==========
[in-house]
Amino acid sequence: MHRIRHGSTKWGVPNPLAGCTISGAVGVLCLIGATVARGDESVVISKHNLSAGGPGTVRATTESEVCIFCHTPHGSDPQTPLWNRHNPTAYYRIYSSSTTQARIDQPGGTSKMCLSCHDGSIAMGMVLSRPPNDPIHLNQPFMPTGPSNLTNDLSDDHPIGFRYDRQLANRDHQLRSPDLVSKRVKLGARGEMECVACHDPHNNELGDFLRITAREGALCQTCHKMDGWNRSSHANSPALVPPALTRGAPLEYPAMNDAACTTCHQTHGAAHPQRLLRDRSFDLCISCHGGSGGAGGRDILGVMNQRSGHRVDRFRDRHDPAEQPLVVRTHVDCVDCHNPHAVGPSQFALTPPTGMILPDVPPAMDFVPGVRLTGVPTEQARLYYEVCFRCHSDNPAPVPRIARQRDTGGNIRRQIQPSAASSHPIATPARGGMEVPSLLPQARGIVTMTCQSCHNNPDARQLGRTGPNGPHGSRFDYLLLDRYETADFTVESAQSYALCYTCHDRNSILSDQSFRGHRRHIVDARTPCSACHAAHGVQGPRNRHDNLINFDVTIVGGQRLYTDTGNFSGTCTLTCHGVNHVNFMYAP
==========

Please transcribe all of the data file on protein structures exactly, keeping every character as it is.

[in-house]
Amino acid sequence: MHRIRHGSTKWGVPNPLAGCTISGAVGVLCLIGATVARGDESVVISKHNLSAGGPGTVRATTESEVCIFCHTPHGSDPQTPLWNRHNPTAYYRIYSSSTTQARIDQPGGTSKMCLSCHDGSIAMGMVLSRPPNDPIHLNQPFMPTGPSNLTNDLSDDHPIGFRYDRQLANRDHQLRSPDLVSKRVKLGARGEMECVACHDPHNNELGDFLRITAREGALCQTCHKMDGWNRSSHANSPALVPPALTRGAPLEYPAMNDAACTTCHQTHGAAHPQRLLRDRSFDLCISCHGGSGGAGGRDILGVMNQRSGHRVDRFRDRHDPAEQPLVVRTHVDCVDCHNPHAVGPSQFALTPPTGMILPDVPPAMDFVPGVRLTGVPTEQARLYYEVCFRCHSDNPAPVPRIARQRDTGGNIRRQIQPSAASSHPIATPARGGMEVPSLLPQARGIVTMTCQSCHNNPDARQLGRTGPNGPHGSRFDYLLLDRYETADFTVESAQSYALCYTCHDRNSILSDQSFRGHRRHIVDARTPCSACHAAHGVQGPRNRHDNLINFDVTIVGGQRLYTDTGNFSGTCTLTCHGVNHVNFMYAP